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Apr. 15, 2011 11:00 am

Friday Q&A: Paul Amess and Laurence Banville of Alliance Equals

When businessman Paul Amess and litigator Laurence Banville describe how they arrived in Philadelphia, they often have to whip out a globe. Amess, a 25 year-old Englishman, and Banville, a 25 year-old Irishman, have traveled extensively around the world including stops in Brussels, Dublin and Alabama before finally meeting in Philadelphia and founding Alliance Equals. Launching this […]

When businessman Paul Amess and litigator Laurence Banville describe how they arrived in Philadelphia, they often have to whip out a globe.

Amess, a 25 year-old Englishman, and Banville, a 25 year-old Irishman, have traveled extensively around the world including stops in Brussels, Dublin and Alabama before finally meeting in Philadelphia and founding Alliance Equals.

Launching this month, Alliance Equals is a hybrid of a coworking space – where members can pay a fee for a desk or even a large room to serve as a home office – and an incubator – where Amess and Banville will receive an equity in return for office space and business help. The duo says they look to provide an “outsourced CEO” role to young companies who need marketing and legal help, especially in regards to international affairs.

“In house we’ll do a lot of the preparation and search work and that will help reduce the cost of lawyers billing $500-1000 an hour, ” says Banville.

After the jump, the duo tells us how they use the space’s giant television projector and see how their company compares to Ben Franklin Technology Partners and Indy Hall.

How did you guys meet?

Paul: Funny enough, we both dated girls who went to the same sorority at Temple.

You guys are fairly recent college grads, what led to the creation of your own business and your own space?

Paul: The job market led towards me being more entrepreneurial. I had a goal to develop an analytics database for golf players from the players perspective and I needed some technical help and legal help and a bit more formal structure around me. So I approached Laurence to help.

Laurence: For my former firm, I was billing a heavy rate so I saw the money I was making them across the year and the little slice that I saw was a factor that encouraged me to work for myself. I didn’t want to focus on every six minutes of my day trying to bill it to someone else. I wanted to be on my own time.

Where does the funding come from for this space?

Paul: Initially out of mine and Laurence’s back pocket. We got some additional funding from a private individual and we have some angel contacts.

Are you targeting tech exclusively?

Paul: The majority of startups are tech companies. We won’t be supporting wet labs or anything like that here.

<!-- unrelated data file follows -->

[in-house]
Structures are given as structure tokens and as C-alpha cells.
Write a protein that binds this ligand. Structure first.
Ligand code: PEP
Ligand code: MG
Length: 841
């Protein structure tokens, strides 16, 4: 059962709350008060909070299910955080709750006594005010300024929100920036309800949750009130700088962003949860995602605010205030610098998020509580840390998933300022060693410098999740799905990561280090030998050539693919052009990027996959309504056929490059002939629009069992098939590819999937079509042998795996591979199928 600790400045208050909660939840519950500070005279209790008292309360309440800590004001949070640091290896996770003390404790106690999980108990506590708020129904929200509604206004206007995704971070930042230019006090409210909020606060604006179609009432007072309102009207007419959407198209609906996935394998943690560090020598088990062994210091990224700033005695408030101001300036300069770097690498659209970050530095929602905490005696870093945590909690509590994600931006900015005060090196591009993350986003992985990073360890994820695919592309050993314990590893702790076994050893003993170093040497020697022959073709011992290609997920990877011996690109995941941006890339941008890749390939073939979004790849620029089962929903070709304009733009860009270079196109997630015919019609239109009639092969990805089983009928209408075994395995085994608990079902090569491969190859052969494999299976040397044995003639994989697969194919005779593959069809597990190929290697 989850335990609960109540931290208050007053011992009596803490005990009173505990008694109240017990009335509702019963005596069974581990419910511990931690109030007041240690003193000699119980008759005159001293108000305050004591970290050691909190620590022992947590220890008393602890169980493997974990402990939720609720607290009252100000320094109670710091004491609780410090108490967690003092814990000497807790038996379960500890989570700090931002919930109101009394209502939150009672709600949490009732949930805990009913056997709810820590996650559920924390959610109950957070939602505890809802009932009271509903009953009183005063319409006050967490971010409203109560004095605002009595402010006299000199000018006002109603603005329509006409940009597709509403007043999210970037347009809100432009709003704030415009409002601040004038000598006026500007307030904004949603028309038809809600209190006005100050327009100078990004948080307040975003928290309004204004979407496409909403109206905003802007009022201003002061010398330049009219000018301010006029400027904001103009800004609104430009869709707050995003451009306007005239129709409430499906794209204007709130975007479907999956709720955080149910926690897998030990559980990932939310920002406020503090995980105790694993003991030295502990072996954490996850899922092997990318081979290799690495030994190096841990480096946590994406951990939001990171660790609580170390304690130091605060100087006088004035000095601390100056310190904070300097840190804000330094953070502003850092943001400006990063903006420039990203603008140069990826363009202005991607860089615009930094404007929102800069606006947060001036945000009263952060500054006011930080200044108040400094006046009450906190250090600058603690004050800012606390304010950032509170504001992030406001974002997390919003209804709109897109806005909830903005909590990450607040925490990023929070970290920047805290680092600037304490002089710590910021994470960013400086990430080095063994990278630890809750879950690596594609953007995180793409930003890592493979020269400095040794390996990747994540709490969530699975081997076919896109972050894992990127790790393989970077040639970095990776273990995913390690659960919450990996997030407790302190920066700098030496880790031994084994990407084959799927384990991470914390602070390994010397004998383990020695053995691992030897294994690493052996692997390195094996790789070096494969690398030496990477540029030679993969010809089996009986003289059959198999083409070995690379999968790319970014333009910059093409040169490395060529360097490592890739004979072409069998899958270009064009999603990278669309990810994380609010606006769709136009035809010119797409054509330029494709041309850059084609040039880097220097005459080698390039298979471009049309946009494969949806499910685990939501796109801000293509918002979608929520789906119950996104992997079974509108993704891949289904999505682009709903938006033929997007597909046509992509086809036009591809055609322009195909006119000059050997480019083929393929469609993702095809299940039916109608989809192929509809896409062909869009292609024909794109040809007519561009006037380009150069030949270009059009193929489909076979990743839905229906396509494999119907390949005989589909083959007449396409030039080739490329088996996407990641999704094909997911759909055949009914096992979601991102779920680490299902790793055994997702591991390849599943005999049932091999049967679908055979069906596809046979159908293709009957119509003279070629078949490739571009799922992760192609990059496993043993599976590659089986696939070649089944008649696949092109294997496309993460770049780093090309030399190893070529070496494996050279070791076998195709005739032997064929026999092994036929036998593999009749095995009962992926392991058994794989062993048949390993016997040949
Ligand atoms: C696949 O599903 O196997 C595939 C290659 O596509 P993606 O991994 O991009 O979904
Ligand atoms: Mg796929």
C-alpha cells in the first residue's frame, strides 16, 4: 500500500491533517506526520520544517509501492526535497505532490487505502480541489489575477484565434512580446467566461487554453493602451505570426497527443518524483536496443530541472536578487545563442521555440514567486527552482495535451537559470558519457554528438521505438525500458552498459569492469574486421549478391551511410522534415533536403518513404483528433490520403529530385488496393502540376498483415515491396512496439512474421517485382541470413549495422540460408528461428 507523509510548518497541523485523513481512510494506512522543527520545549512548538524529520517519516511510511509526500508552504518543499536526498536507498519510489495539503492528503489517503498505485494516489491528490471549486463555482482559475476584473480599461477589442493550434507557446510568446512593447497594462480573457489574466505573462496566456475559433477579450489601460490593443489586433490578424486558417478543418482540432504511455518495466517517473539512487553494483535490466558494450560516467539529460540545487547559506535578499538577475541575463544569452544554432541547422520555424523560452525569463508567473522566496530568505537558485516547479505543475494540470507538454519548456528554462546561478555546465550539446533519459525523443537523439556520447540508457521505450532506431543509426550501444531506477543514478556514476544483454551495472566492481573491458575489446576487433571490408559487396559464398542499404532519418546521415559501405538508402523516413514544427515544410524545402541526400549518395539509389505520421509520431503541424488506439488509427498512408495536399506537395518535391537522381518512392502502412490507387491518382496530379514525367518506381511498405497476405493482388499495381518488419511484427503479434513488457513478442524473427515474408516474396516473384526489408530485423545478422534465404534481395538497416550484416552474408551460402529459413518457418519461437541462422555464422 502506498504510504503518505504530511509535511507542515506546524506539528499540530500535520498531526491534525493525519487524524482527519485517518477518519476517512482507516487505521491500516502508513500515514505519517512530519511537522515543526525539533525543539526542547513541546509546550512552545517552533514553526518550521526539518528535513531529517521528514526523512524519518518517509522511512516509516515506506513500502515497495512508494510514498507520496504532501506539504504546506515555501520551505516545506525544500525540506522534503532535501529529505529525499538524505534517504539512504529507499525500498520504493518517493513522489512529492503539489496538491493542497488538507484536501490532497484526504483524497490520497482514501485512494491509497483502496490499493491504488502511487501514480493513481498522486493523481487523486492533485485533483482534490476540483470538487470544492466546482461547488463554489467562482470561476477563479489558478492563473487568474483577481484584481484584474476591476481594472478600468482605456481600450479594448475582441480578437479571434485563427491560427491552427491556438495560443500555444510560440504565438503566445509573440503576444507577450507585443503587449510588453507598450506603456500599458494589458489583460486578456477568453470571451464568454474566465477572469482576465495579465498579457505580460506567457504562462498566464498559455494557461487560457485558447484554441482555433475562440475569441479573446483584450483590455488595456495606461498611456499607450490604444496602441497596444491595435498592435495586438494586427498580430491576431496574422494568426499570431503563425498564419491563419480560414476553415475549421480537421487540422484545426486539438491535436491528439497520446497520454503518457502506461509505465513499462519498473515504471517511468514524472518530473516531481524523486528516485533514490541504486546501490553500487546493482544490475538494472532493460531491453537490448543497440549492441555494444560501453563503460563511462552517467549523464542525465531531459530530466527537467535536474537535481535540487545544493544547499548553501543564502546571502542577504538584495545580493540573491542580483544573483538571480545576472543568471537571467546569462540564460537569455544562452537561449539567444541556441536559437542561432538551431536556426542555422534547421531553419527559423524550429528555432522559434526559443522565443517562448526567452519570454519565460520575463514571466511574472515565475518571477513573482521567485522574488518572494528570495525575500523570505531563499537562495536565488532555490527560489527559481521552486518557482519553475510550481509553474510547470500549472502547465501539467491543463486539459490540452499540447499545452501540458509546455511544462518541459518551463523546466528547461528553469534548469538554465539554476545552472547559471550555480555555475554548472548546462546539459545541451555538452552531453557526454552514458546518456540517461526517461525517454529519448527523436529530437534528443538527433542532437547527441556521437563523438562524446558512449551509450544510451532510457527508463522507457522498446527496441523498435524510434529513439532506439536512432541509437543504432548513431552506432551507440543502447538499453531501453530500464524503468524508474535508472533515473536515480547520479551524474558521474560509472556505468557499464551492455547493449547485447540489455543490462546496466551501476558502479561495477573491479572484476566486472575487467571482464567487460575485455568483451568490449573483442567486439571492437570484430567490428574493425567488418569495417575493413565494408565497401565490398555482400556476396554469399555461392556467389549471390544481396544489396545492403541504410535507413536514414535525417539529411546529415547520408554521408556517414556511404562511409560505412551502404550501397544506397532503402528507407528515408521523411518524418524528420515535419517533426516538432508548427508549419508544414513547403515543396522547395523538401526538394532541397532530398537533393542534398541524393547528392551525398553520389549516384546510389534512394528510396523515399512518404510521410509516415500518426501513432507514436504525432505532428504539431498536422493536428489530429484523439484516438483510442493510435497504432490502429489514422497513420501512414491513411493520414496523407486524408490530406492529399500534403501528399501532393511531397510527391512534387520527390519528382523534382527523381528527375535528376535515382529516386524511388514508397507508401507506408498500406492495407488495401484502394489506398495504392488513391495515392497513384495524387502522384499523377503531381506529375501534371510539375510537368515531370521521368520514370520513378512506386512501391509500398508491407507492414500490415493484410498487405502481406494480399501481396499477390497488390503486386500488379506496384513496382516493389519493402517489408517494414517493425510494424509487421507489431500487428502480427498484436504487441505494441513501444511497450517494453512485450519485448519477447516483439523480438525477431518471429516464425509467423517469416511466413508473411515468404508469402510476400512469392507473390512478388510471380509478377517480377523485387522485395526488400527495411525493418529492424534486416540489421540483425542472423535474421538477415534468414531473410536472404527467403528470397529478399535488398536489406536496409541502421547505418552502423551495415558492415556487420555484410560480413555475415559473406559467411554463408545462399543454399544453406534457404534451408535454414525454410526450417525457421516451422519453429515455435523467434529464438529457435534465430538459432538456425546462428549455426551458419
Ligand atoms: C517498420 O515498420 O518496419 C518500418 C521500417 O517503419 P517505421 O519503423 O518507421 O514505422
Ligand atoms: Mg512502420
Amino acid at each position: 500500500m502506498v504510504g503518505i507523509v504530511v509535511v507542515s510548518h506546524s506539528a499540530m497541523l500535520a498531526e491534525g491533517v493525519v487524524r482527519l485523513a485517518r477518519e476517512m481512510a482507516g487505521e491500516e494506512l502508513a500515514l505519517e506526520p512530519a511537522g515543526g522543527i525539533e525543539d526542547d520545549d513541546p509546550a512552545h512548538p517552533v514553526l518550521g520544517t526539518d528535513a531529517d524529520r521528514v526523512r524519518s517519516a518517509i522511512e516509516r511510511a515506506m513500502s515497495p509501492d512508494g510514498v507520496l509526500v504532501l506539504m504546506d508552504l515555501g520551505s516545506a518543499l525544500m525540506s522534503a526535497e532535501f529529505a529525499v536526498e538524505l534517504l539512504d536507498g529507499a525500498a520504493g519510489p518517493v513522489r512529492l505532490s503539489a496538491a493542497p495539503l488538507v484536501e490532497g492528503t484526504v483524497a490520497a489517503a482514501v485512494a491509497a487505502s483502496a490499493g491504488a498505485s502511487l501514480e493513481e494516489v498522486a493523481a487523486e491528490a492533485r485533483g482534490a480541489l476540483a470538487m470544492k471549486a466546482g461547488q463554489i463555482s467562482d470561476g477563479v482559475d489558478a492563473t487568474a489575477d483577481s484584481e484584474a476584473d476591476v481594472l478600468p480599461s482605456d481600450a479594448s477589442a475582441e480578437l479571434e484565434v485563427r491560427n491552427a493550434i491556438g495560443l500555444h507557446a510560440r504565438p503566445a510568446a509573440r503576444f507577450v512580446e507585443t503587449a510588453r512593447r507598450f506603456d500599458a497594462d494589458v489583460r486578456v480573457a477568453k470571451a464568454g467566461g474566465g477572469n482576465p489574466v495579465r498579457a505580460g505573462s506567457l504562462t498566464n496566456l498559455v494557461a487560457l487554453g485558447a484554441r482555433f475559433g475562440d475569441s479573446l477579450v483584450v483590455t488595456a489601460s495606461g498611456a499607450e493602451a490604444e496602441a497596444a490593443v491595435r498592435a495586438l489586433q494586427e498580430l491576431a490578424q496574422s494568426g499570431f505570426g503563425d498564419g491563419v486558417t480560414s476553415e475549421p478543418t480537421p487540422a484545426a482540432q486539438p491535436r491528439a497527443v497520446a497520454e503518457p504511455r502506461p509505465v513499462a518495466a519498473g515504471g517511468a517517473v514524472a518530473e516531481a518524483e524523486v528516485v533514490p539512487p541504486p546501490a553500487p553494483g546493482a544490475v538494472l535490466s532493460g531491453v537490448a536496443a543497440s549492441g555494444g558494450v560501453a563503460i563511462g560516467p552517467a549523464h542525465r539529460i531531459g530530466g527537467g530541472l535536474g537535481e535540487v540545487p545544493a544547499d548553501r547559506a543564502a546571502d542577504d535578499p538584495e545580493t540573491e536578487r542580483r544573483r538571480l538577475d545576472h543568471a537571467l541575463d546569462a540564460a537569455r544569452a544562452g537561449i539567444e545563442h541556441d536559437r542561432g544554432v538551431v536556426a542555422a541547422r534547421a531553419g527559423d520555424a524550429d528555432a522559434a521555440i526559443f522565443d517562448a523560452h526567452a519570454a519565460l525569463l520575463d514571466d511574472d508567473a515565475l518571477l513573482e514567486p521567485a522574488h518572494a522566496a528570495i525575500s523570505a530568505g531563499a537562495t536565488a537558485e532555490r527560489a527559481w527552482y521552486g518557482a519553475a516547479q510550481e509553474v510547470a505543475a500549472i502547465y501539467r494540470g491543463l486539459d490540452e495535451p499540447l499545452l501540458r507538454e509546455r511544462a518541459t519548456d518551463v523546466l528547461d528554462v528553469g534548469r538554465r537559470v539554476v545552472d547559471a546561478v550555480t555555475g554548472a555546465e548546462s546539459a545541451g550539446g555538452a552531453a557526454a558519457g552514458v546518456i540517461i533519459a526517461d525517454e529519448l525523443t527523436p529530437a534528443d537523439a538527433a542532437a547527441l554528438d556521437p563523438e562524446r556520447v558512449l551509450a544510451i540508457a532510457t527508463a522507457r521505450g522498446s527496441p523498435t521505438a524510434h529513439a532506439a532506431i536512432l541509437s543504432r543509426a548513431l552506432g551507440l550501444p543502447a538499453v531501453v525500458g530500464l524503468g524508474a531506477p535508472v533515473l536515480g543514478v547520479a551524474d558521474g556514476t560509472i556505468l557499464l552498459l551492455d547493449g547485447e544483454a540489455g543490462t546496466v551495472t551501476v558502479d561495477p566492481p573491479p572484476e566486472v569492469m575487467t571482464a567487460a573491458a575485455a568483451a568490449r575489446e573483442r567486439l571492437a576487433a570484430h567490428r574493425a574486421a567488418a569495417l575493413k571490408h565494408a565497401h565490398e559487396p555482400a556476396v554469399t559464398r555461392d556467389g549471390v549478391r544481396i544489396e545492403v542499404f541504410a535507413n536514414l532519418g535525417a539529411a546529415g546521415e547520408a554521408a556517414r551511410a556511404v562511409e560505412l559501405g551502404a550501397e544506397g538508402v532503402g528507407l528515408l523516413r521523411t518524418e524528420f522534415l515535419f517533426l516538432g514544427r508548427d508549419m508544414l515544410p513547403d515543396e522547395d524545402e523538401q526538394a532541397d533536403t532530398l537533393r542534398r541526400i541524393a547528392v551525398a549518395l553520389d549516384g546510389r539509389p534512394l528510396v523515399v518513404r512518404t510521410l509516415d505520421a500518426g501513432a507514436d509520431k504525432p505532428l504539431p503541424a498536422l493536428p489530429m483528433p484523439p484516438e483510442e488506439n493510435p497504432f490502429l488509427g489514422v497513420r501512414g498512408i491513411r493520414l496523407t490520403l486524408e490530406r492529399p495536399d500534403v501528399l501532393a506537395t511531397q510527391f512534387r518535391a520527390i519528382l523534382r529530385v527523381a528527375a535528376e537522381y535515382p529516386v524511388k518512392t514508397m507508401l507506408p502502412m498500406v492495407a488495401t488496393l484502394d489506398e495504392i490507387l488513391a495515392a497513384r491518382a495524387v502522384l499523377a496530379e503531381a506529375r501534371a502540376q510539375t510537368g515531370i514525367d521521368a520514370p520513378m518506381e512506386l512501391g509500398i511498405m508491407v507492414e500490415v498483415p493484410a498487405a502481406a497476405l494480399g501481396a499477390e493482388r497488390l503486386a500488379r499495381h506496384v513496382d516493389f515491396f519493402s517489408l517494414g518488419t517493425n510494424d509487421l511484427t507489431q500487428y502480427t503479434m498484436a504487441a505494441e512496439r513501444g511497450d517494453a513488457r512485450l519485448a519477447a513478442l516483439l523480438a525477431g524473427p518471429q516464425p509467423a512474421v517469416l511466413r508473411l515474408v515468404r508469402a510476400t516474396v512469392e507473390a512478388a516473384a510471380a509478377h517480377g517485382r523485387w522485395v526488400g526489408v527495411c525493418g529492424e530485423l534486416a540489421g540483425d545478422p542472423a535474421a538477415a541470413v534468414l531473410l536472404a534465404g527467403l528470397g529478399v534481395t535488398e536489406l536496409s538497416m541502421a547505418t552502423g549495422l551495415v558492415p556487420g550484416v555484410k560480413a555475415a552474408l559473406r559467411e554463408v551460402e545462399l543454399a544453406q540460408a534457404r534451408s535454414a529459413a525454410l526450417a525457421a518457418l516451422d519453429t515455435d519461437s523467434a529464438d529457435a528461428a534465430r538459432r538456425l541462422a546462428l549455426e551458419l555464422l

How many companies are here now?

Paul: We’re really gearing up our efforts for the people graduating in May. We are a 90-day lease term so people can come in and test out their idea and the facility. Currently we have a few people lined up but nothing concrete. [ed. note: There was one company working out of the space when Technically Philly visited earlier this week.]

What is the range of rates and equity stakes?

Paul: Anywhere from $150 [a month] to just come in and use a desk several times a week all the way to $2,000 a month for the larger office. We’ll also take equity stakes in return for free rent. It’s really on a case-by-case basis.

Laurence: We’re willing to work with people, so we don’t want the price to be a factor.

You both spoke a lot the value you can add to companies. What would you say to the cynic who says “You guys are really young, what value could you add?”

Paul: We offer two different cultural backgrounds, the UK and Ireland, though they are culturally similar to the US. We’ve both been all around the world doing business. I’ve owned by own business since I was 14, 15 and there’s a lots of minefields and mistakes in there. Maybe we can add a different prospective being younger as well. To play devil’s advocate right back: if we were 50, would we have the same knowledge of the tech landscape right now?

Laurence:  When you come in here it’s not just a rental agreement it access to our knowledge, services and network. It ranges from the local painter to the head of the Irish government in the United States. For example, I have a friend in Brazil that would happily help a product launch there.

Theres an explosion of incubators and co-working spaces in Philly of late. How do you stand out other than your location?

Paul: Some incubators may have barrier of knowledge, some may not have the know-how and other may just be intimidating. I think you just have to research and feel out what’s best for you. There’s no competition among Philadelphia incubators. If we’re all successful, Philadelphia is successful. We want to retain the talent pool here. Philadelphia is a great launching pad for companies and we want to promote that.

You guys have done business in Brussels, the UK and other places. What makes Philadelphia unique?

Paul: I love Philadelphia because it’s a big small city. I bike from [Manayunk] to downtown in 20 minutes. Theres just a special quality to Philadelphia that people need to embrace more. The city has a great history, the people are great and the sports are great. From a business sense the cost structure is extremely attractive. The rental costs and cost of living are great.

And lastly whats the most creative use of your 150-inch projector screen out there?

Laurence: You don’t wanna know [laughs].

 

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Sean Blanda is an adviser to Technical.ly, the local technology news network, having cofounded its flagship Technically Philly in February 2009. He is a media consultant, engagement editor for Behance and lives in Brooklyn, NYC.

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